The history of such claims was reviewed by William J. Broad in his 2012 book The Science of Yoga. Broad argues that while the health claims for yoga began as Hindu nationalist posturing, it turns out that there is ironically[10] "a wealth of real benefits".[10]

Evidence-based medical claims[edit]

Researchers have studied the medical and psychological effects of yoga as exercise in a wide range of trials and observational studies, sometimes with careful controls, providing evidence of differing quality about yoga's possible benefits.[10] The various types of claim, and the evidence for them, are discussed below.



Much of the research on the therapeutic use of yoga has been in the form of preliminary studies or clinical trials of low methodological quality, including small sample sizes, inadequate control and blinding, lack of randomization, and high risk of bias.[17][18]

For example, a 2010 literature review on the use of yoga for depression stated, "although the results from these trials are encouraging, they should be viewed as very preliminary because the trials, as a group, suffered from substantial methodological limitations."[18] A 2015 systematic review on the effect of yoga on mood and the brain recommended that future clinical trials should apply more methodological rigour.[3]


A yoga class relaxing in Supta Baddha Konasana. There is evidence that yoga relieves stress by multiple mechanisms.[19]

The practice of asanas has been claimed to improve flexibility, strength, and balance; to alleviate stress and anxiety, and to reduce the symptoms of lower back pain, without necessarily demonstrating the precise mechanisms involved.[20][21] A review of five studies noted that three psychological (positive affect, mindfulness, self-compassion) and four biological mechanisms (posterior hypothalamus, interleukin-6, C-reactive protein and cortisol) that might act on stress had been examined empirically, whereas many other potential mechanisms remained to be studied; four of the mechanisms (positive affect, self-compassion, inhibition of the posterior hypothalamus and salivary cortisol) were found to mediate yoga's effect on stress.[19]

Low back pain[edit]

A 2013 systematic review on the use of yoga for low back pain found strong evidence for short- and long-term effects on pain, and moderate evidence for long-term benefit in back-specific disability, with no serious adverse events. Ten randomised controlled trials were analysed, of which eight had a low risk of bias. The review stated that yoga can be recommended as an additional therapy to chronic low back pain patients.[2]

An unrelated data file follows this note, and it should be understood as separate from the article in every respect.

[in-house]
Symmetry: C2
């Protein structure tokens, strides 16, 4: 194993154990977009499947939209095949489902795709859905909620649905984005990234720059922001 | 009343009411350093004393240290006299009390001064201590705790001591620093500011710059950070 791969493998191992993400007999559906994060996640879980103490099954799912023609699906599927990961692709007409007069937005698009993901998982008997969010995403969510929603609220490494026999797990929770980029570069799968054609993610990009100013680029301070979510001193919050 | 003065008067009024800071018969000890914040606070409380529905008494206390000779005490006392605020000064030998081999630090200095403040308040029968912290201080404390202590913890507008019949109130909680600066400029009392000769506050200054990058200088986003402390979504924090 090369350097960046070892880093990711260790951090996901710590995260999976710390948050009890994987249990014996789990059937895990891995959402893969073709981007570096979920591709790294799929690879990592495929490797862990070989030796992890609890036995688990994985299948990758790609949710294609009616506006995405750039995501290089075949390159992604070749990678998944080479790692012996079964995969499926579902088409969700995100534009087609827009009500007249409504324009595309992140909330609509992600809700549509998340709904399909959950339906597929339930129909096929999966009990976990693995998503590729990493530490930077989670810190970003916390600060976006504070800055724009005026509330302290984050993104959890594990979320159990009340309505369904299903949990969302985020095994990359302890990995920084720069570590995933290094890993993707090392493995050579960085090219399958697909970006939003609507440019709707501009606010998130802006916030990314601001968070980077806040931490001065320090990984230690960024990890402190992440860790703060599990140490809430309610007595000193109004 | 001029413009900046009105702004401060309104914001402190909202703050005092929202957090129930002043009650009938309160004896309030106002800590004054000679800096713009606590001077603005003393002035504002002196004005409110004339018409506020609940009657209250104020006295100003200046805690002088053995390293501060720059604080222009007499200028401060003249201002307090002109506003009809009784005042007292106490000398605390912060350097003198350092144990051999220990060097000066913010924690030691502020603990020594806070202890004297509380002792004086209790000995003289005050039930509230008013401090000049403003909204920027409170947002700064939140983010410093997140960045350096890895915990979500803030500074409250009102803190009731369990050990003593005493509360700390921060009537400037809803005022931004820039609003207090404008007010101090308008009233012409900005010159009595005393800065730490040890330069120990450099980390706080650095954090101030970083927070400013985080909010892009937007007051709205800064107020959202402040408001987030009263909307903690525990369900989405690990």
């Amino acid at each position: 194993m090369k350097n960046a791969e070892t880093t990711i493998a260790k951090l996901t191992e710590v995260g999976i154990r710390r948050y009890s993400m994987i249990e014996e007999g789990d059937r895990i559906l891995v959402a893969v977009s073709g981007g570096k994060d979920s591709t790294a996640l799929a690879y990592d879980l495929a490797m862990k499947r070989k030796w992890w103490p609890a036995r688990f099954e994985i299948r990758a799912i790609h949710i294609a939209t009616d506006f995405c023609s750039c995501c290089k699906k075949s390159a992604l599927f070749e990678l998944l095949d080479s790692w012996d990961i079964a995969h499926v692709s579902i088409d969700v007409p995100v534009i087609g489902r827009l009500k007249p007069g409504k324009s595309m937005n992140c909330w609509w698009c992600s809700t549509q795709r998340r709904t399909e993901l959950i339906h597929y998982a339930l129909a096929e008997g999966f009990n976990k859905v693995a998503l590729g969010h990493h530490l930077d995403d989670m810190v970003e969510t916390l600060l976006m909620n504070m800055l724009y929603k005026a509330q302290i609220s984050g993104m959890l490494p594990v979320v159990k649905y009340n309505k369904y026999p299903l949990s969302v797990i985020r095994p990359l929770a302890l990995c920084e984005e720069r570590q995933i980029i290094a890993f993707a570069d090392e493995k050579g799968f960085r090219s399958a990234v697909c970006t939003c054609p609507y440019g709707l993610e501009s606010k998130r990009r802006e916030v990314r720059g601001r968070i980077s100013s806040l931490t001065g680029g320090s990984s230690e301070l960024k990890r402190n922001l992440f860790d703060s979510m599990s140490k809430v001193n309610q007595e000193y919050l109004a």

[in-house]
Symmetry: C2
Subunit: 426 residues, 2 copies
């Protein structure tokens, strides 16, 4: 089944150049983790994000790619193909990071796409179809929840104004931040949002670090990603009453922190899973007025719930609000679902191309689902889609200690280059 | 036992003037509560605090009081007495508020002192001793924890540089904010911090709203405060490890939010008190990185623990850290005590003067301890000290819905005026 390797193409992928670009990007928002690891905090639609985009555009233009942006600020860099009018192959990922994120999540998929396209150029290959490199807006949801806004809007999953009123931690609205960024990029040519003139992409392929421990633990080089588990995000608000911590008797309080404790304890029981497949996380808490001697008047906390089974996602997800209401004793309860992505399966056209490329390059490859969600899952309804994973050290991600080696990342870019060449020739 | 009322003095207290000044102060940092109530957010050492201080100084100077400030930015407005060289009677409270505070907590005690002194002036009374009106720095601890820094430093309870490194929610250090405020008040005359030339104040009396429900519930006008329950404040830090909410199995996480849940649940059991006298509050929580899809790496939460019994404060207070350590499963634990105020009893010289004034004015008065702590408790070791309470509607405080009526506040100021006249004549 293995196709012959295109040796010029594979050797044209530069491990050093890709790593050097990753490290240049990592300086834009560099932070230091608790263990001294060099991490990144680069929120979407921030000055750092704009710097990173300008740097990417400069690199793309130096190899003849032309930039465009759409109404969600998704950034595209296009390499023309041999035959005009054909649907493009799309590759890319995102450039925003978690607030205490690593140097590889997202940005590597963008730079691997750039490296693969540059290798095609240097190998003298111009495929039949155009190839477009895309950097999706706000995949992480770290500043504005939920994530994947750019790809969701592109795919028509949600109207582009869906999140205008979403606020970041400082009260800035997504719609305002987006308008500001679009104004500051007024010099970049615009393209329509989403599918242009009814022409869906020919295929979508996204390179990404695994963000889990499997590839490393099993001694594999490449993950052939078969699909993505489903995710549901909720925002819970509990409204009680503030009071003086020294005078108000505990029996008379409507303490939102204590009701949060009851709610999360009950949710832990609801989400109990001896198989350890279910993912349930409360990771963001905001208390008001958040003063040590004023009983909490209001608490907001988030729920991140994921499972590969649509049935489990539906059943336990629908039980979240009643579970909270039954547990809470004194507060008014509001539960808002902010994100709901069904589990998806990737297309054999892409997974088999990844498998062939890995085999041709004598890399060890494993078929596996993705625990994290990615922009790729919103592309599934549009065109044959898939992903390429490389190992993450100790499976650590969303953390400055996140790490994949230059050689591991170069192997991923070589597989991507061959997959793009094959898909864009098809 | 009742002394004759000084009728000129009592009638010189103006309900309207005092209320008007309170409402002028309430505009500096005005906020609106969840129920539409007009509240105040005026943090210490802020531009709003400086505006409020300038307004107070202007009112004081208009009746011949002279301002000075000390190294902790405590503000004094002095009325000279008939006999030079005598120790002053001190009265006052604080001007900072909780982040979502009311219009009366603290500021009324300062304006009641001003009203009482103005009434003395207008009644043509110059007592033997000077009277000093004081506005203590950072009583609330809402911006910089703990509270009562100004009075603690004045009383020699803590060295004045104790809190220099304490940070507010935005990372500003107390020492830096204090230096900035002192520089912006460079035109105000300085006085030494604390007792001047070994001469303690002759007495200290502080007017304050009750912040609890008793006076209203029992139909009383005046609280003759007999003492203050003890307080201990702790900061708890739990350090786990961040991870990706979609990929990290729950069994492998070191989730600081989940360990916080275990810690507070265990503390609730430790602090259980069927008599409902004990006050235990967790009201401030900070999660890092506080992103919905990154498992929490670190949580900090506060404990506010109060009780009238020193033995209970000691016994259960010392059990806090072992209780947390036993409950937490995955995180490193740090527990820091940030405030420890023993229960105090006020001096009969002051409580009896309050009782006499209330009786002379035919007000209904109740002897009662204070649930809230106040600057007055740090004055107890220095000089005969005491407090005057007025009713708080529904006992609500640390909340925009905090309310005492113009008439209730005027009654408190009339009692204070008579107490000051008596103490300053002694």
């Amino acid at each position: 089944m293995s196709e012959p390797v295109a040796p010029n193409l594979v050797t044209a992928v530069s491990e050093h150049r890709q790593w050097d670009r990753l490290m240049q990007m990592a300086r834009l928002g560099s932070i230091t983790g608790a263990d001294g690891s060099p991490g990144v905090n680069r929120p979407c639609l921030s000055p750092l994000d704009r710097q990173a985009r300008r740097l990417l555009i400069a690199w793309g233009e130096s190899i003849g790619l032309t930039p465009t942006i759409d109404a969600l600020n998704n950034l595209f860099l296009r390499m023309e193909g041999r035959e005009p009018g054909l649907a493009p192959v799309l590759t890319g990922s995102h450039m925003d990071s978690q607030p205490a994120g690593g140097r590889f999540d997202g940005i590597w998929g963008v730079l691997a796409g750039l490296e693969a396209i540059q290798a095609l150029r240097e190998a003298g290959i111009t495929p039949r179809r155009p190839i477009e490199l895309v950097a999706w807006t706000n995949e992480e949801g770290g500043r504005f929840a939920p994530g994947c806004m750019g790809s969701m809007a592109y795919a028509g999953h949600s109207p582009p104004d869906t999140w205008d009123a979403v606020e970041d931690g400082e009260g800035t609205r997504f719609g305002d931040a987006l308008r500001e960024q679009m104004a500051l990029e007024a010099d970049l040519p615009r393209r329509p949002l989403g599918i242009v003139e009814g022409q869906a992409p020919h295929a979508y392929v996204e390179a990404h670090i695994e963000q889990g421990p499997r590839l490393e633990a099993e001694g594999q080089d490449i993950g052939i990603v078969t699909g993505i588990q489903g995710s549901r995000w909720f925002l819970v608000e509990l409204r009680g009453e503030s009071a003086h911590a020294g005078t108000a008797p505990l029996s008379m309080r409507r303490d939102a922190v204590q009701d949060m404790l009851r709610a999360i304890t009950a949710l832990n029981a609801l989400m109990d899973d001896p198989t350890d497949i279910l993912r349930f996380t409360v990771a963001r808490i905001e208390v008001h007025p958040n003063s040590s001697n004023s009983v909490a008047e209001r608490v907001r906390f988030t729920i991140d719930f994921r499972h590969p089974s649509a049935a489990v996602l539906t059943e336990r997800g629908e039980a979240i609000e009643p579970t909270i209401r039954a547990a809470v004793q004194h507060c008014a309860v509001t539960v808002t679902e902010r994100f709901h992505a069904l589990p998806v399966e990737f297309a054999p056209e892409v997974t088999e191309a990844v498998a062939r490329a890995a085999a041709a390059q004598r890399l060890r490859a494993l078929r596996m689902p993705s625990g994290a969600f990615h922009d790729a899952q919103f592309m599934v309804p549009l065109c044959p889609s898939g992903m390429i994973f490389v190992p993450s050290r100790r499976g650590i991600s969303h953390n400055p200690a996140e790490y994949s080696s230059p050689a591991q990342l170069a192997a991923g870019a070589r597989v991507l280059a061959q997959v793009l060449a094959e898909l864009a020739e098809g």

Mental disorders[edit]

A 2013 systematic review on the use of yoga for depression found moderate evidence of short-term benefit over "usual care" and limited evidence compared to relaxation and aerobic exercise. Only 3 of 12 randomised controlled trials had a low risk of bias. The diversity of the studies precluded analysis of long-term effects.[22]

A 2015 systematic review on the effect of yoga on mood and the brain concluded that "yoga is associated with better regulation of the sympathetic nervous system and hypothalamic-pituitary-adrenal system, as well as a decrease in depressive and anxious symptoms in a range of populations."[3]

Trauma-sensitive yoga has been developed by David Emerson and others of the Trauma Center at the Justice Resource Institute in Brookline, Massachusetts. The center uses yoga alongside other treatments to support recovery from traumatic episodes and to enable healing from PTSD. Workers including Bessel van der Kolk and Richard Miller have studied how clients can "regain comfort in their bodies, counteract rumination, and improve self-regulation through yoga."[23][24] A 2018 systematic review of 12 studies, that had individually found positive effects compared to their control groups, was unable to find strong evidence of benefit from yoga for post-traumatic stress disorder, depression, or anxiety following traumatic experiences, and called for more rigorous study design.[4]

Other conditions[edit]

There is little reliable evidence that yoga is beneficial for specific medical conditions, and an increasing amount of evidence that it is not. A systematic review in 2013 found weak evidence for the use of yoga for rheumatic diseases, with no evidence of its safety.[25] A 2015 systematic review found no evidence of benefit in treatment of epilepsy or menopause-related symptoms.[26][27] Practice of yoga had no effect on the underlying mechanisms of cancer.[28] Another systematic review in 2015 found little evidence that yoga helps people with dementia perform their daily activities.[29] A 2010 systematic review showed no effect of yoga on attention deficit hyperactivity disorder.[17] A systematic review in 2019 concluded that there was not enough evidence to be able to assess the effectiveness of yoga for treating women with urinary incontinence.[30]


Although relatively safe, yoga is not a risk-free form of exercise. Sensible precautions can usefully be taken – for example the avoidance of advanced moves by beginners, not combining practice with psychoactive drug use, and avoiding competitiveness.[31]

A small percentage of yoga practitioners each year suffer physical injuries analogous to sports injuries.[32] The practice of yoga has been cited as a cause of hyperextension or rotation of the neck, which may be a precipitating factor in cervical artery dissection.[33]

See also[edit]


  1. ^ Feuerstein, Georg (2006). "Yogic Meditation". In Jonathan Shear (ed.). The Experience of Meditation. St. Paul, Minnesota: Paragon House. p. 90. While not every branch or school of yoga includes meditation in its technical repertoire, most do.